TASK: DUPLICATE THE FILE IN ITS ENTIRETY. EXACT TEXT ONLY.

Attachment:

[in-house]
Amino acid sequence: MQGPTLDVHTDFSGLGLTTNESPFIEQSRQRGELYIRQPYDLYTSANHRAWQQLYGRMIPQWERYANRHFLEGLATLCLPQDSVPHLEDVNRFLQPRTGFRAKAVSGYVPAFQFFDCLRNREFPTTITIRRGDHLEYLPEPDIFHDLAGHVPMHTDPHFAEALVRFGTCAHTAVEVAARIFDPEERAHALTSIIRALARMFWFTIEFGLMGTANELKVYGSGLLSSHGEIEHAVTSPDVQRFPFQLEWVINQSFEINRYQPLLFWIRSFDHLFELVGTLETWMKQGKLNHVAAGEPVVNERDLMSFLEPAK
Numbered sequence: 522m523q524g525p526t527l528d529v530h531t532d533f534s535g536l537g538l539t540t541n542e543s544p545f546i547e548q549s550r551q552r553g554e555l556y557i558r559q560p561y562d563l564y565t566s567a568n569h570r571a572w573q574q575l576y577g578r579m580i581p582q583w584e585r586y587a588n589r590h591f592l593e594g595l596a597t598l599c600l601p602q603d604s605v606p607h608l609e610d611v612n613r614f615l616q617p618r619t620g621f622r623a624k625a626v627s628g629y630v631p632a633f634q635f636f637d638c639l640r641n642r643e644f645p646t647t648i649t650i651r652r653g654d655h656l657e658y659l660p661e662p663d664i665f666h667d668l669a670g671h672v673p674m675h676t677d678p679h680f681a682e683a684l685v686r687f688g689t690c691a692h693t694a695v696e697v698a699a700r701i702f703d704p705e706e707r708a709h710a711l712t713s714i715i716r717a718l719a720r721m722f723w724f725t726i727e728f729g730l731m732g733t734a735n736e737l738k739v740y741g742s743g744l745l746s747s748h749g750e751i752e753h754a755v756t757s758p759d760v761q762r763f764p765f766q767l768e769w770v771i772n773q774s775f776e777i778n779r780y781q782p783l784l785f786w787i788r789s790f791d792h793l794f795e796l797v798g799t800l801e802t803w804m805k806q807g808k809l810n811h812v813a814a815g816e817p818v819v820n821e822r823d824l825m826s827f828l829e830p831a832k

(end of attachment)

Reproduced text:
[in-house]
Amino acid sequence: MQGPTLDVHTDFSGLGLTTNESPFIEQSRQRGELYIRQPYDLYTSANHRAWQQLYGRMIPQWERYANRHFLEGLATLCLPQDSVPHLEDVNRFLQPRTGFRAKAVSGYVPAFQFFDCLRNREFPTTITIRRGDHLEYLPEPDIFHDLAGHVPMHTDPHFAEALVRFGTCAHTAVEVAARIFDPEERAHALTSIIRALARMFWFTIEFGLMGTANELKVYGSGLLSSHGEIEHAVTSPDVQRFPFQLEWVINQSFEINRYQPLLFWIRSFDHLFELVGTLETWMKQGKLNHVAAGEPVVNERDLMSFLEPAK
Numbered sequence: 522m523q524g525p526t527l528d529v530h531t532d533f534s535g536l537g538l539t540t541n542e543s544p545f546i547e548q549s550r551q552r553g554e555l556y557i558r559q560p561y562d563l564y565t566s567a568n569h570r571a572w573q574q575l576y577g578r579m580i581p582q583w584e585r586y587a588n589r590h591f592l593e594g595l596a597t598l599c600l601p602q603d604s605v606p607h608l609e610d611v612n613r614f615l616q617p618r619t620g621f622r623a624k625a626v627s628g629y630v631p632a633f634q635f636f637d638c639l640r641n642r643e644f645p646t647t648i649t650i651r652r653g654d655h656l657e658y659l660p661e662p663d664i665f666h667d668l669a670g671h672v673p674m675h676t677d678p679h680f681a682e683a684l685v686r687f688g689t690c691a692h693t694a695v696e697v698a699a700r701i702f703d704p705e706e707r708a709h710a711l712t713s714i715i716r717a718l719a720r721m722f723w724f725t726i727e728f729g730l731m732g733t734a735n736e737l738k739v740y741g742s743g744l745l746s747s748h749g750e751i752e753h754a755v756t757s758p759d760v761q762r763f764p765f766q767l768e769w770v771i772n773q774s775f776e777i778n779r780y781q782p783l784l785f786w787i788r789s790f791d792h793l794f795e796l797v798g799t800l801e802t803w804m805k806q807g808k809l810n811h812v813a814a815g816e817p818v819v820n821e822r823d824l825m826s827f828l829e830p831a832k